Linking cellular senescence to dysfunctional extracellular matrix remodeling in aging tendonsBrianne K Connizzo
Age-related tendon degeneration is a major clinical and economic burden for our growing aging population, resulting in functional deficits, significant pain, and loss of independence. Despite its high prevalence, the etiology and pathogenesis of tendon disease is still not well understood. One key feature of tendon disease is the loss of extracellular matrix (ECM) homeostasis, resulting in aberrant remodeling that can lead to tissue degeneration, weakening and ultimately injuries. While many studies have explored matrix...
Data from: Associations between changes in city and address specific temperature and QT interval - the VA Normative Aging StudyAmar J. Mehta, Itai Kloog, Antonella Zanobetti, Brent A. Coull, David Sparrow, Pantel Vokonas & Joel Schwartz
Background: The underlying mechanisms of the association between ambient temperature and cardiovascular morbidity and mortality are not well understood, particularly for daily temperature variability. We evaluated if daily mean temperature and standard deviation of temperature was associated with heart rate-corrected QT interval (QTc) duration, a marker of ventricular repolarization in a prospective cohort of older men. Methods: This longitudinal analysis included 487 older men participating in the VA Normative Aging Study with up to three...
Data from: Cambrian origin of the CYP27C1-mediated vitamin A1-to-A2 switch, a key mechanism of vertebrate sensory plasticityAla Morshedian, Matthew B. Toomey, Gabriel E. Pollock, Rikard Frederiksen, Jennifer M. Enright, Stephen D. McCormick, M. Carter Cornwall, Gordon L. Fain & Joseph C. Corbo
The spectral composition of ambient light varies across both space and time. Many species of jawed vertebrates adapt to this variation by tuning the sensitivity of their photoreceptors via the expression of CYP27C1, an enzyme that converts vitamin A1 into vitamin A2, thereby shifting the ratio of vitamin A1-based rhodopsin to red-shifted vitamin A2-based porphyropsin in the eye. Here, we show that the sea lamprey (Petromyzon marinus), a jawless vertebrate that diverged from jawed vertebrates...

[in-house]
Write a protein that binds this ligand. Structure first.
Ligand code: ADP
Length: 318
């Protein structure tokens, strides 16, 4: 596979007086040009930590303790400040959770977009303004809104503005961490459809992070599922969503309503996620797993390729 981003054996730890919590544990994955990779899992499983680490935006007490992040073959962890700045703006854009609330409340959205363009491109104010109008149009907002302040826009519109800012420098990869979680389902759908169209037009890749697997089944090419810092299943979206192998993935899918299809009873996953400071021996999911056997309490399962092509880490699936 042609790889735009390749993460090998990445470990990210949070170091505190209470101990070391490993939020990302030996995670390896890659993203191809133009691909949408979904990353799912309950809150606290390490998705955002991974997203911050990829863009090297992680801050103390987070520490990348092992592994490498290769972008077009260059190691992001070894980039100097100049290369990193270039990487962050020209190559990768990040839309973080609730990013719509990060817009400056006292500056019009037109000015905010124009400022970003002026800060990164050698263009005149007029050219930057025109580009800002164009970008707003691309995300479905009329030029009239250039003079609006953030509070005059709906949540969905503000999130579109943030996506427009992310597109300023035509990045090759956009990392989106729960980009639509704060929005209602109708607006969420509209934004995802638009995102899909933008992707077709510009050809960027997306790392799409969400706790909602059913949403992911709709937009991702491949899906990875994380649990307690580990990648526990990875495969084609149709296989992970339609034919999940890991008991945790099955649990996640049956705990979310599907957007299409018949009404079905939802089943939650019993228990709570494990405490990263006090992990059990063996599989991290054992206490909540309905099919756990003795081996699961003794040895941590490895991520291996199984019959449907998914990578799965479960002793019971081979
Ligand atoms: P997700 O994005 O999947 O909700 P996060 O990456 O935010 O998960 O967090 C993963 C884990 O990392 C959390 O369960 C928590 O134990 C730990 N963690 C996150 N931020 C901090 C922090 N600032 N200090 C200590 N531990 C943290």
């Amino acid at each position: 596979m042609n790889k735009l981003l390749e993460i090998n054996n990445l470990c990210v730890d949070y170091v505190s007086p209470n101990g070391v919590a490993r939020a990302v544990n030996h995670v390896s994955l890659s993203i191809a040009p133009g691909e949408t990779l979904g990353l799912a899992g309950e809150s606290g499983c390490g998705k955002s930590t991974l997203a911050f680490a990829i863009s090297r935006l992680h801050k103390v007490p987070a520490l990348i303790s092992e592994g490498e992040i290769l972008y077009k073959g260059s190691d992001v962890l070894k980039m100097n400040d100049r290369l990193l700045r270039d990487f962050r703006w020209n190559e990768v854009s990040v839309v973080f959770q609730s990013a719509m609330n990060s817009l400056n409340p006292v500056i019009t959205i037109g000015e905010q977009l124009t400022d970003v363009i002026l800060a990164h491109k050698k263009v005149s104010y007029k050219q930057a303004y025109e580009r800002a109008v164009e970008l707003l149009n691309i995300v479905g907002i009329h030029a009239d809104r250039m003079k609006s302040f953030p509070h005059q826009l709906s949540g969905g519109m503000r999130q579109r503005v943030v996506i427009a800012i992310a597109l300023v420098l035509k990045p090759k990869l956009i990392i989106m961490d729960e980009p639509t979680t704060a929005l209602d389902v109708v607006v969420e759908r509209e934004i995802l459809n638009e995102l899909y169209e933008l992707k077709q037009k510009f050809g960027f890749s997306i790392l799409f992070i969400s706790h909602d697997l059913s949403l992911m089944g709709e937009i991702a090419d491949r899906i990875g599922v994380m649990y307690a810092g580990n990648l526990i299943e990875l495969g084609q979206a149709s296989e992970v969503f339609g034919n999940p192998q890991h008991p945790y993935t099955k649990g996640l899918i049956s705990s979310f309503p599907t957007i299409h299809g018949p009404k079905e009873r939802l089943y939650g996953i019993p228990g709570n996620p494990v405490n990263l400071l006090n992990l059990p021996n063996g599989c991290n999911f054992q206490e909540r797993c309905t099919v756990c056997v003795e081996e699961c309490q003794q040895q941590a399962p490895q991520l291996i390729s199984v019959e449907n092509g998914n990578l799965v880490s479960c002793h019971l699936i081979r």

Data from: Evidence for normal novel object recognition abilities in developmental prosopagnosiaRegan Fry, Jeremy Wilmer, Isabella Xie, Mieke Verfaellie & Joseph DeGutis
The issue of the face specificity of recognition deficits in developmental prosopagnosia (DP) is fundamental to the organisation of high-level visual memory and has been increasingly debated in recent years. Previous DP investigations have found some evidence of object recognition impairments, but have almost exclusively used familiar objects (e.g., cars), where performance may depend on acquired object-specific experience and related visual expertise. An object recognition test not influenced by experience could provide a better, less...
Data from: Using routinely collected laboratory data to identify high rifampicin-resistant tuberculosis burden communities in the Western Cape Province, South Africa: a retrospective spatiotemporal analysisAvery I. McIntosh, Helen E. Jenkins, Laura F. White, Marinus Barnard, Dana Thompson, Tania Dolby, John Simpson, Elizabeth M. Streicher, Mary B. Kleinman, Elizabeth J. Ragan, Paul D. Van Helden, Megan B. Murray, Robin M. Warren & Karen R. Jacobson
Background: South Africa has the highest tuberculosis incidence globally (781/100,000), with an estimated 4.3% of cases being rifampicin resistant (RR). Control and elimination strategies will require detailed spatial information to understand where drug-resistant tuberculosis exists and why it persists in those communities. We demonstrate a method to enable drug-resistant tuberculosis monitoring by identifying high-burden communities in the Western Cape Province using routinely collected laboratory data. Methods and findings: We retrospectively identified cases of microbiologically confirmed...